• 16. These are now static fields of their respective classes. Each is prewired to the appro-priate method within the class. You can invoke delegates without declaring a localdelegate instance. You just pass in the static delegate of the class: studentPair.Sort(Student.OrderStudents); Console.WriteLine("After Sort studentPairtt: {0}", studentPair.ToString( )); studentPair.ReverseSort(Student.OrderStudents); Console.WriteLine("After ReverseSort studentPairt: {0}", studentPair.ToString( )); dogPair.Sort(Dog.OrderDogs); Console.WriteLine("After Sort dogPairtt: {0}", dogPair.ToString( )); dogPair.ReverseSort(Dog.OrderDogs); Console.WriteLine("After ReverseSort dogPairt: {0}", dogPair.ToString( ));The output after these changes is identical to Example 12-1.Delegates as PropertiesThe problem with static delegates is that they must be instantiated, whether or notthey are ever used, as with Student and Dog in Example 12-1. You can improve theseclasses by changing the static delegate fields to properties.For Student, you take out the declaration: public static readonly Pair.WhichIsFirst OrderStudents = new Pair.WhichIsFirst(Student.WhichStudentComesFirst);and replace it with: public static Pair.WhichIsFirst OrderStudents { get { return new Pair.WhichIsFirst(WhichStudentComesFirst); } }Similarly, you replace the static Dog field with: public static Pair.WhichIsFirst OrderDogs { get { return new Pair.WhichIsFirst(WhichDogComesFirst); } }The assignment of the delegates is unchanged: studentPair.Sort(Student.OrderStudents); dogPair.Sort(Dog.OrderDogs);276 | Chapter 12: Delegates and Events This is the Title of the Book, eMatter Edition Copyright © 2003 O’Reilly & Associates, Inc. All rights reserved.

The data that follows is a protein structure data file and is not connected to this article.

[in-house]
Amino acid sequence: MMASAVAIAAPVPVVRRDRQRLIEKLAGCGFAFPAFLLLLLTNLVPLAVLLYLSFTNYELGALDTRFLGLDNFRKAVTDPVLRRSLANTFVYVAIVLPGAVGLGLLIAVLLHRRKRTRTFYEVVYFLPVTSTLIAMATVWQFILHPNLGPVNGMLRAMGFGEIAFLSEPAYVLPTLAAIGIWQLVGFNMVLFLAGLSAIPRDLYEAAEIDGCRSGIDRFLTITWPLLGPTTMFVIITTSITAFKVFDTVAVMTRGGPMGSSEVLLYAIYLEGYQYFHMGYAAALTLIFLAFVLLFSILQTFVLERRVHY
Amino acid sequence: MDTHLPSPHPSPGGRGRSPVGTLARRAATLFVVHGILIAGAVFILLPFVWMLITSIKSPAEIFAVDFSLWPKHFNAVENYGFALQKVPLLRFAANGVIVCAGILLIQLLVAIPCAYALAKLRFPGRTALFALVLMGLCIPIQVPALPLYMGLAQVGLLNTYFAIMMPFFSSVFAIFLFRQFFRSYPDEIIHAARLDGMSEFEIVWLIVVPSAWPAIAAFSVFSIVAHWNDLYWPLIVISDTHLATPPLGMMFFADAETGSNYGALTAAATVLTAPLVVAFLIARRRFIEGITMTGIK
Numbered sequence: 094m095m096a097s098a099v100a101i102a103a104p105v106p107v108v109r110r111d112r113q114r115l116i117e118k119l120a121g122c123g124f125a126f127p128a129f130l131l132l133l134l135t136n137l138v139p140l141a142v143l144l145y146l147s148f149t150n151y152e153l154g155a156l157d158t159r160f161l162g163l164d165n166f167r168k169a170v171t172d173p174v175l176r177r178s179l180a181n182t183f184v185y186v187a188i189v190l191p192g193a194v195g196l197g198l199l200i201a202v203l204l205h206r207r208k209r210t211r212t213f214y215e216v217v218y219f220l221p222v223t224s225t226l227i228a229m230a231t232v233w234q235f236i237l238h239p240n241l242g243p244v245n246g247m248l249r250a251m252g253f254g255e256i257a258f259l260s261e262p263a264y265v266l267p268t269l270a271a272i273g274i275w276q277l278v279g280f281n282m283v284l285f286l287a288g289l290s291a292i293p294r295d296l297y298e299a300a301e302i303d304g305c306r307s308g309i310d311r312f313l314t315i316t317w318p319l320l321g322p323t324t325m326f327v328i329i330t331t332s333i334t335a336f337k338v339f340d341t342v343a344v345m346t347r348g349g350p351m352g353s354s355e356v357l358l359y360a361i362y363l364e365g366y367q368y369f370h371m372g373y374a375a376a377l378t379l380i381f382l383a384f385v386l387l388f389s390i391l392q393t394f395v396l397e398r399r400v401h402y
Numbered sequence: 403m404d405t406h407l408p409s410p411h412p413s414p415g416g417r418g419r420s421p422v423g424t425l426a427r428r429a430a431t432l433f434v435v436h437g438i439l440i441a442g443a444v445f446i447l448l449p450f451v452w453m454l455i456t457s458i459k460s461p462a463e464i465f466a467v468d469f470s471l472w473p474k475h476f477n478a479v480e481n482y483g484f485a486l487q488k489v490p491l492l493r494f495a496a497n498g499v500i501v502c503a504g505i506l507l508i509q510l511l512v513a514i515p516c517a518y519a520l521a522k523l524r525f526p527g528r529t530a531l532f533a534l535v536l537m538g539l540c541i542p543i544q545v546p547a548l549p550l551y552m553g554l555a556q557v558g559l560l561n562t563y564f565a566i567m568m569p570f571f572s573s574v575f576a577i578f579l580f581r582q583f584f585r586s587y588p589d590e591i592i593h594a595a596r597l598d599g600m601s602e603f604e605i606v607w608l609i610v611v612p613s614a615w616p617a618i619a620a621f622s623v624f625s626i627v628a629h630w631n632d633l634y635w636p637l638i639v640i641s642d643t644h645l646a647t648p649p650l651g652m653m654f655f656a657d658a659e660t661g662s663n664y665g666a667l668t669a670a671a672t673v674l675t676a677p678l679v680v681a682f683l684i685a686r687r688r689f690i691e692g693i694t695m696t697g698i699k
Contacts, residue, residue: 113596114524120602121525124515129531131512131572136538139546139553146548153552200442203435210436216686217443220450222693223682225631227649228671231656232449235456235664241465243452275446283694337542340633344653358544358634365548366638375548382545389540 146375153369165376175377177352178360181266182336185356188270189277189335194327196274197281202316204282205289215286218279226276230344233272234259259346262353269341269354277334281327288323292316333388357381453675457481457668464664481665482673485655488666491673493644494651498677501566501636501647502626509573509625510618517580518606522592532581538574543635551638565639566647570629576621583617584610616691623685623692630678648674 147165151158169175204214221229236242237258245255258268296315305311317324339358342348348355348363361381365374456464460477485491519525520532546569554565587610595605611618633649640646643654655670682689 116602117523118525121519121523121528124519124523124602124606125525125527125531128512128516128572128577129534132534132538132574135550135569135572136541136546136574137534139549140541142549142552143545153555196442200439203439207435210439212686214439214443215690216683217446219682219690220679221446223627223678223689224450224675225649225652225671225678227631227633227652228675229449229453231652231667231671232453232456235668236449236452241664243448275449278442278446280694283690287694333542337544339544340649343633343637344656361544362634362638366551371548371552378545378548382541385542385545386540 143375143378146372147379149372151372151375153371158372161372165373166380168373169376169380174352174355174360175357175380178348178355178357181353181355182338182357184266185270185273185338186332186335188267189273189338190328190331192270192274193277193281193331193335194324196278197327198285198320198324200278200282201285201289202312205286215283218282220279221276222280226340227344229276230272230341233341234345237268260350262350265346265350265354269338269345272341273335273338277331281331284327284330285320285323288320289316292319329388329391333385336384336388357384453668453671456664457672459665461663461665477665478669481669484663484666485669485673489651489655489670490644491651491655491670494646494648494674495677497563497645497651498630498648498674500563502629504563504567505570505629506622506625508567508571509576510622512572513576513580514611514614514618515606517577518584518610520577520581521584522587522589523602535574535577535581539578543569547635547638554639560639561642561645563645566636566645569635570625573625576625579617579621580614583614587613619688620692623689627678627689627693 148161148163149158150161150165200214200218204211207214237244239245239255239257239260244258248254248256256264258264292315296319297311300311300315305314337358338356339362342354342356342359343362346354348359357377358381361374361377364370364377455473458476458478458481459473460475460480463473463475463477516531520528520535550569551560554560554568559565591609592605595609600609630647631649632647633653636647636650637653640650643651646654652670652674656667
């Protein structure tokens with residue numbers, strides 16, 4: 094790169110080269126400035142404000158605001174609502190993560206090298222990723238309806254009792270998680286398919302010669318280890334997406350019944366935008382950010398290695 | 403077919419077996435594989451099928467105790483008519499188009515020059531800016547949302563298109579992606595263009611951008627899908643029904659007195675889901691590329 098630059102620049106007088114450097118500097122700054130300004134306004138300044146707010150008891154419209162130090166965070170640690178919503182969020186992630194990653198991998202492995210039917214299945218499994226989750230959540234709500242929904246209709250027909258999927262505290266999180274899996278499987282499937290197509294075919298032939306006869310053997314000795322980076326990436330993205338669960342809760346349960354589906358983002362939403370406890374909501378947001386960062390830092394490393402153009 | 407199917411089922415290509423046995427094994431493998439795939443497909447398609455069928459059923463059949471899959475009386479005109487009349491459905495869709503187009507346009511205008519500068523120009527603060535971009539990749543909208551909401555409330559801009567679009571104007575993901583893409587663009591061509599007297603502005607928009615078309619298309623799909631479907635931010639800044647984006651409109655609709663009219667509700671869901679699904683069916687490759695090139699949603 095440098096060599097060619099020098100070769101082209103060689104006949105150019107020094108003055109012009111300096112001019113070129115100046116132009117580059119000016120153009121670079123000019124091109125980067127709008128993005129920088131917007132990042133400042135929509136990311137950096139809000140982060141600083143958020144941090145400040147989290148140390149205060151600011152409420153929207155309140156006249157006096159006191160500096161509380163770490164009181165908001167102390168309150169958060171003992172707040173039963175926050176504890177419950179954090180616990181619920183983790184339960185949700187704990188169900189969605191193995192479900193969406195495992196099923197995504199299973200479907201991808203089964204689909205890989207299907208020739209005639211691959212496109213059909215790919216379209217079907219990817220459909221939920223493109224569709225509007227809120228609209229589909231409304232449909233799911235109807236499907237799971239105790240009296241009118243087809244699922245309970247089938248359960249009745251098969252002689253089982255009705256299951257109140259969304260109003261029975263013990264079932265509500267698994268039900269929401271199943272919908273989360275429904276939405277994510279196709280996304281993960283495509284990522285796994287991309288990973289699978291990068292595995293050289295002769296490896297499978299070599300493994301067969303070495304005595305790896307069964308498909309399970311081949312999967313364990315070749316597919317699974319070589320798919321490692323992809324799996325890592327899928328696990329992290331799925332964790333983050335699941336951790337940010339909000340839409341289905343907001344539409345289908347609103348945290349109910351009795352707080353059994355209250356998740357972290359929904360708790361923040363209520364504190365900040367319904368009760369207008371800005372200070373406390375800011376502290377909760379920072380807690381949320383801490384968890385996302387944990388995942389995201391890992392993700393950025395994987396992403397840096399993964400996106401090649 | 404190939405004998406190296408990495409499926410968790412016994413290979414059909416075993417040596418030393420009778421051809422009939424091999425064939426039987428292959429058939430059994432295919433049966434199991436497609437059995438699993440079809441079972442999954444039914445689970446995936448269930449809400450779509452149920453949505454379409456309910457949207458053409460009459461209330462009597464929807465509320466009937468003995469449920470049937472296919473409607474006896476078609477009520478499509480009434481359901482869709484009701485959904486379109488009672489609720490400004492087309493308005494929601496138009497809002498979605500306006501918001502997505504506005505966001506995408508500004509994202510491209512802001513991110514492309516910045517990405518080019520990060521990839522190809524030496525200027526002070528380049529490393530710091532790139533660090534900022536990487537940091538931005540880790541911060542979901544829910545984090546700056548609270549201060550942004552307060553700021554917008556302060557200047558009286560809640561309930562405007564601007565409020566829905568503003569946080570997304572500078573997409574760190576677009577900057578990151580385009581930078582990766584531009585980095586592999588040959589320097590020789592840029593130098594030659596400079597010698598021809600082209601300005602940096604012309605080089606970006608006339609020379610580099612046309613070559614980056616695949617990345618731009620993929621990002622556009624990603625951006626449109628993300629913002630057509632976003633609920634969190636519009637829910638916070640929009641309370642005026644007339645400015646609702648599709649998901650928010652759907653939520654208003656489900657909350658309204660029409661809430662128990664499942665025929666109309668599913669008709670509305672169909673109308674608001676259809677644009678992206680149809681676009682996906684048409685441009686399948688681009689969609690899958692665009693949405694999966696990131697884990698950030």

• 17. When the OrderStudent property is accessed, the delegate is created: return new Pair.WhichIsFirst(WhichStudentComesFirst);The key advantage is that the delegate is not created until it is requested. This allowsthe test class to determine when it needs a delegate, but still allows the details of thecreation of the delegate to be the responsibility of the Student (or Dog) class.Setting Order of Execution with Delegate ArraysDelegates can help you create a system in which the user can dynamically decide theorder in which operations are performed. For instance, suppose you have an imageprocessing system in which an image can be manipulated in a number of well-defined ways, such as blurring, sharpening, rotating, filtering, and so forth. Assume,as well, that the order in which these effects are applied to the image is important.The user wishes to choose from a menu of effects, applying all that he likes, and thentelling the image processor to run the effects, one after the other in the order that hehas specified.You can create delegates for each operation and add them to an ordered collection,such as an array, in the order you’d like them to execute. Once all the delegates arecreated and added to the collection, you simply iterate over the array, invoking eachdelegated method in turn.You begin by creating a class, Image, to represent the image that will be processed bythe ImageProcessor: public class Image { public Image( ) { Console.WriteLine("An image created"); } }You can imagine that this stands in for a .gif or .jpeg file or other image.The ImageProcessor then declares a delegate. You can of course define your delegateto return any type and take any parameters you like. For this example, you’ll definethe delegate to encapsulate any method that returns void and takes no arguments: public delegate void DoEffect( );The ImageProcessor then declares a number of methods, each of which processes animage and each of which matches the return type and signature of the delegate: public static void Blur( ) { Console.WriteLine("Blurring image"); } Delegates | 277 This is the Title of the Book, eMatter Edition Copyright © 2003 O’Reilly & Associates, Inc. All rights reserved.